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Rerras town-hall meetings detail electricity rate issue
April 4, 2007 - Eastern Shore News

Two gatherings on Saturday give senator audience for General Assembly overviews

By Stacia Childers

ONLEY -- Real-estate tax relief, fair electricity rates and alternative energy were the main topics of conversation at a town meeting held by state Sen. Nick Rerras here Saturday.

Rerras sponsored two of the meetings this weekend -- the first, held earlier that morning in Cape Charles, and said they went well, with an estimated 40 people in attendance.

Among the approximately 25 attendees who enjoyed lunch -- Rerras' treat -- at Redwood Gables Restaurant were Parksley Mayor Rick Chase; Gwenda Harte; Hallwood Town Councilman Tim Raynor; Myra Watson, the community coordinator for the local chapter of AARP; and Northampton County Chamber Director Deborah Christie, an Onancock resident.

Rerras is being challenged in the November election by Dr. Ralph Northam, an Eastern Shore native and Norfolk child neurologist.

Rerras recapped some of his recent accomplishments and legislative priorities, including $500 million in funding for Chesapeake Bay cleanup; passage of Abraham's Law, allowing some teens more flexibility and options in choosing medical care; maintaining the autonomy of the Chesapeake Bay Bridge-Tunnel and sponsorship of legislation that would limit real-estate tax increases to no more than 5 percent a year.

But the hot topic at both meetings was what Rerras described as "the thing that is hurting people the most on the Eastern Shore" -- rising energy costs.

"We have to do whatever we can to contain (electric rates)," he said.

Rerras said that he is working with Del. Lynwood Lewis to "make sure that companies like Delmarva Power have to honor their original memorandums of understanding requiring them to provide fair cost of service rates, not market-based."

Bill Stephens, director of Energy Regulation at the State Corporation Commission, was on hand to explain the recent spike in electricity rates for Delmarva Power customers.

After deregulation actions taken by the General Assembly in 1999, Delmarva Power bargained with the SCC to allow it to sell off their generation units.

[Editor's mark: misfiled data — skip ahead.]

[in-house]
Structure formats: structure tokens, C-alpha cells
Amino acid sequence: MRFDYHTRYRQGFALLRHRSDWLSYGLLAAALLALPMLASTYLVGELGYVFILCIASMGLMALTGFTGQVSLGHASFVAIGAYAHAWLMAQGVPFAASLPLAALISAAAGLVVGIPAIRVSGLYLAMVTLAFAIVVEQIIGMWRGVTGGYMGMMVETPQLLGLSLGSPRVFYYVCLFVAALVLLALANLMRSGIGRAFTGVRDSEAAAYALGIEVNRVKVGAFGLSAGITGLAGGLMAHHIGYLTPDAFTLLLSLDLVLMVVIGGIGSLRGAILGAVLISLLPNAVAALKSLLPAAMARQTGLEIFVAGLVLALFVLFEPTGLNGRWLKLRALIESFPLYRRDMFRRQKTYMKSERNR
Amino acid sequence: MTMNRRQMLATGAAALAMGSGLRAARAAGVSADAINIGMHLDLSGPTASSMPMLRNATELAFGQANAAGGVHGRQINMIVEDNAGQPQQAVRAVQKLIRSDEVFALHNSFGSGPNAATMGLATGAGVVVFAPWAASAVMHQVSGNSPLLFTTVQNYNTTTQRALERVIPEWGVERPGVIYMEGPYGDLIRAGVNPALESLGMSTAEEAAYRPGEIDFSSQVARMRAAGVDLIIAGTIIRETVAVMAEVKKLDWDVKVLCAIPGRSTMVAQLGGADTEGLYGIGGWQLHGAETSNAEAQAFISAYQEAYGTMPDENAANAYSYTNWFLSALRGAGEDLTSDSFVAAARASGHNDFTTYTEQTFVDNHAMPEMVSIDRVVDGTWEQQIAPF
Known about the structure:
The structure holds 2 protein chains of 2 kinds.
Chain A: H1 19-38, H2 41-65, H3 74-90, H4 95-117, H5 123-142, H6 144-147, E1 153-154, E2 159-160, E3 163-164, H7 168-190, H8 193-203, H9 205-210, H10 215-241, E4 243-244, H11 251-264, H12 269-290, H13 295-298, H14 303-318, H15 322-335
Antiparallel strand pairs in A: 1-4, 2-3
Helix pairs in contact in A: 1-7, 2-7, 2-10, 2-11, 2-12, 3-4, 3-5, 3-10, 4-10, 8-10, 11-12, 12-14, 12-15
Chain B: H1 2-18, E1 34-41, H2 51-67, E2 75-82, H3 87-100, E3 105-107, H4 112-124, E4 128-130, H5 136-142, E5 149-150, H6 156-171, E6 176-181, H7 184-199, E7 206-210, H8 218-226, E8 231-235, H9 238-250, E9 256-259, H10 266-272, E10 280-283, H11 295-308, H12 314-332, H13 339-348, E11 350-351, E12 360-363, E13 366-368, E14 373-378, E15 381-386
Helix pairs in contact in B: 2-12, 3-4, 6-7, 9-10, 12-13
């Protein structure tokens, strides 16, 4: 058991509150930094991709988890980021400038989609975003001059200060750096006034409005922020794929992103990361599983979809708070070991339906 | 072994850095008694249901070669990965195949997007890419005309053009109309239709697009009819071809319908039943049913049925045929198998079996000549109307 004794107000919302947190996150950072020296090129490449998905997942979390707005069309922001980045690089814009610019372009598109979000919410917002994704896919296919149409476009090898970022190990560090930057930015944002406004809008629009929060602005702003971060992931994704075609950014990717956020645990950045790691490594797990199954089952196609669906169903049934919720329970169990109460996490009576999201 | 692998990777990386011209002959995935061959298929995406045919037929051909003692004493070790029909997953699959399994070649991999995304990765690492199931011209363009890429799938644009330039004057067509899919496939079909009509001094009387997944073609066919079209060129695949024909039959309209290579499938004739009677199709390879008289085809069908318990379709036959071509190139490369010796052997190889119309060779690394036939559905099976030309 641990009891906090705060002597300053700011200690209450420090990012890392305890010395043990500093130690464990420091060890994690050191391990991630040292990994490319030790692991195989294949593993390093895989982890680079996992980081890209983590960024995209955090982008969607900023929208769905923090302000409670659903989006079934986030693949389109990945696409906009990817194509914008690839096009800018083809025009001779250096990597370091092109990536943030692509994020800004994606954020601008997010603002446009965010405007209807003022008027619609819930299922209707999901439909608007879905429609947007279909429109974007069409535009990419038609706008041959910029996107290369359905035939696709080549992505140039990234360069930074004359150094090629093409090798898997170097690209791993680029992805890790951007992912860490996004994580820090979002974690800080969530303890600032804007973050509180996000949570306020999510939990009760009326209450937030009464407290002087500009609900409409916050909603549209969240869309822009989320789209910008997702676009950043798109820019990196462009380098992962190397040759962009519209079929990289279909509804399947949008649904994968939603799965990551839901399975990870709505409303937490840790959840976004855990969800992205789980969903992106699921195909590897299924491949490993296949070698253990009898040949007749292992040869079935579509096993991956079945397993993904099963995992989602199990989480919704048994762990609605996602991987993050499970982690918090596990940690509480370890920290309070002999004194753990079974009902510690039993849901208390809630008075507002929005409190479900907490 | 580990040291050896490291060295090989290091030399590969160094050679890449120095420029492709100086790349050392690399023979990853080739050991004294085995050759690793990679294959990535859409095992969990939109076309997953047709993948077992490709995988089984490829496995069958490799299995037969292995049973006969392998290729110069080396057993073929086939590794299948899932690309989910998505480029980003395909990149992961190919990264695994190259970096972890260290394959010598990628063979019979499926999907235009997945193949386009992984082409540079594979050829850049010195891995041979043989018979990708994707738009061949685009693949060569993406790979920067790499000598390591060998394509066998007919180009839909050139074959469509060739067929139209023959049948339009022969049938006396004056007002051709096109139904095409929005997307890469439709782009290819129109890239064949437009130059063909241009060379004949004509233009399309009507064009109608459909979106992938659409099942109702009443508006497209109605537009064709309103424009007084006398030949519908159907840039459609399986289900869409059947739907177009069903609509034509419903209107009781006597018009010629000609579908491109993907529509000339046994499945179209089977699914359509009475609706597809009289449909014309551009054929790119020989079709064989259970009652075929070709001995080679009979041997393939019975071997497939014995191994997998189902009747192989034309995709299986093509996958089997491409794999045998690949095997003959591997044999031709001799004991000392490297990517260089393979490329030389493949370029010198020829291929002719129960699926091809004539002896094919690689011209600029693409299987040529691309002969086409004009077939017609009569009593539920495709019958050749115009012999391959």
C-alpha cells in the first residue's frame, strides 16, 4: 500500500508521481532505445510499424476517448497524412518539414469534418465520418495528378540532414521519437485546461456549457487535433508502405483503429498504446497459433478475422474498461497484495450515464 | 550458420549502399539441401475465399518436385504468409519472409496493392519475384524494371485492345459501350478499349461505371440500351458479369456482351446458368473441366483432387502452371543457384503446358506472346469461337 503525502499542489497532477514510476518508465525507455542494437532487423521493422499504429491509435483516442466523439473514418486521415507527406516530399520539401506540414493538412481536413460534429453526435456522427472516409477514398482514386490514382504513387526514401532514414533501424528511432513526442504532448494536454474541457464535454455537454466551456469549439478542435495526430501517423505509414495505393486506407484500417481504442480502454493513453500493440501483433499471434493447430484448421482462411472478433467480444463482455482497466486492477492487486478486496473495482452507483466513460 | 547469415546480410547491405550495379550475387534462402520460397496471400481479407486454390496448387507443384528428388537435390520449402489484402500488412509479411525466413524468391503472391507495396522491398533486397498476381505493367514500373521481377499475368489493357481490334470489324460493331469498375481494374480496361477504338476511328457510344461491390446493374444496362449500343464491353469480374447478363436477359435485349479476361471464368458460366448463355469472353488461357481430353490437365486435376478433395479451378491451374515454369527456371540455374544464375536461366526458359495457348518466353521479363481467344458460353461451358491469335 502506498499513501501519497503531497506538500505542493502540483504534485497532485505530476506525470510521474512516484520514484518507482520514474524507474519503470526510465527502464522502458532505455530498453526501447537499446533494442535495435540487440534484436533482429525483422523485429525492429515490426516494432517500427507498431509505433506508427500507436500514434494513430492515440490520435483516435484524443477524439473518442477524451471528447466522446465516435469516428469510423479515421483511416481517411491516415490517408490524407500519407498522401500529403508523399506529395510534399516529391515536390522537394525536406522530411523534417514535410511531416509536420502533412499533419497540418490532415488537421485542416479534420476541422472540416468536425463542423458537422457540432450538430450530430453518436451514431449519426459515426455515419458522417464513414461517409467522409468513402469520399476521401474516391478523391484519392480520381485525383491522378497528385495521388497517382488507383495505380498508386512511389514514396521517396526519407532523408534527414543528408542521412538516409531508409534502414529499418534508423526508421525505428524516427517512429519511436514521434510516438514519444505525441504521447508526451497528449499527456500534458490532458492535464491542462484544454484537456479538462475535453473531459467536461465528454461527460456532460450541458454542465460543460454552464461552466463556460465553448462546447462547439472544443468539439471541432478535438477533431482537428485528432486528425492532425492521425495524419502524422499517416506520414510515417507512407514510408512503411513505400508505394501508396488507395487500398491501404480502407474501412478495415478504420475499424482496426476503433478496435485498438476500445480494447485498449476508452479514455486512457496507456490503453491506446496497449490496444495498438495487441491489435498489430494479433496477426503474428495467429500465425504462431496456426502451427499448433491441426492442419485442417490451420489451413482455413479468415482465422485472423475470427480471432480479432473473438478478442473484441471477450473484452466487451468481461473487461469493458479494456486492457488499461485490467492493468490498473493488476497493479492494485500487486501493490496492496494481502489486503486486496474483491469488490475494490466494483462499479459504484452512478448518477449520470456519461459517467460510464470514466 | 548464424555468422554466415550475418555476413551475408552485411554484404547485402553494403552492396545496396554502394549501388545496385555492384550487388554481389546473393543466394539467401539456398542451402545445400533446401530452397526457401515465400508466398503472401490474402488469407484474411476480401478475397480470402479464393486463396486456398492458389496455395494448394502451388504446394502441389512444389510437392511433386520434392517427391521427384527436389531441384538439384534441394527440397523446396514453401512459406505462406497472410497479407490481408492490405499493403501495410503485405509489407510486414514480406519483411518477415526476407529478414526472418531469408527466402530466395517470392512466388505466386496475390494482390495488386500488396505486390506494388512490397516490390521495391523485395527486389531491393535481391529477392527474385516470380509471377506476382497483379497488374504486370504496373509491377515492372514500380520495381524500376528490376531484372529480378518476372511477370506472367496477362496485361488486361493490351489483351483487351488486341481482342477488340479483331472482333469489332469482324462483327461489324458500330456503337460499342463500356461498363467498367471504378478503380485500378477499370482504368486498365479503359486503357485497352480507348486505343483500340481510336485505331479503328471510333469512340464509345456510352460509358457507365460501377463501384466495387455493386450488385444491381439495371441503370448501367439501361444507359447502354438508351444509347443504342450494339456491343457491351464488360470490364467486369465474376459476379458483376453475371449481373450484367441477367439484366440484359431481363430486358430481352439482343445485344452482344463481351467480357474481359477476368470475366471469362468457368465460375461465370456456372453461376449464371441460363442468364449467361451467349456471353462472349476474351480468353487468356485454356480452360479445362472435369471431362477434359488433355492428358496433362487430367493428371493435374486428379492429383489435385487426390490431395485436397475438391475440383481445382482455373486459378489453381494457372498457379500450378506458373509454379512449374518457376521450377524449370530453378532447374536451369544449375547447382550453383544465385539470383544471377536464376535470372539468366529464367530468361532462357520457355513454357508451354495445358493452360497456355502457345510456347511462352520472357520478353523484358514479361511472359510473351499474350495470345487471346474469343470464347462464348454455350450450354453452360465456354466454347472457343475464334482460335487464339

Delmarva promised what Stephens referred to as the "virtual utility concept," where they agreed to price electricity during the rate cap period as if it still owned the generation.

The SCC approved the plan, Stephens said, "because we essentially had protection."

As part of this MOU between the state and Delmarva, there was a frozen fuel factor between Jan. 1, 2001, and Jan. 1, 2004. The rates would not increase, causing sticker shock for Delmarva customers when the company began "playing catchup" in 2006.

Other companies, such as Accomack-Northampton Electric Cooperative, had been phasing in the increases all along, Stephens said, so they don't seem as drastic.

Stephens said that many people are under the impression that Delmarva Power rates are much higher than A&N, but this is due to the sudden, 25 percent spike in 2006, he explained. He provided a price comparison that showed a little less than $25 difference between the two companies for the same number of kilowatt hours.

"Co-ops buy through an affiliate and buy a significant amount from the market so they're susceptible to the market," he warned.

Questions about alternative energy and alternative energy sources continued the energy economics lesson.

"Solar power is still an expensive technology," Stephens said, and wind power often encounters obstacles from people. Rerras acknowledged that more needs to be done with renewable energy and that "we need more fuel sources here in the U.S."

Nick Rerras for VA State Senate
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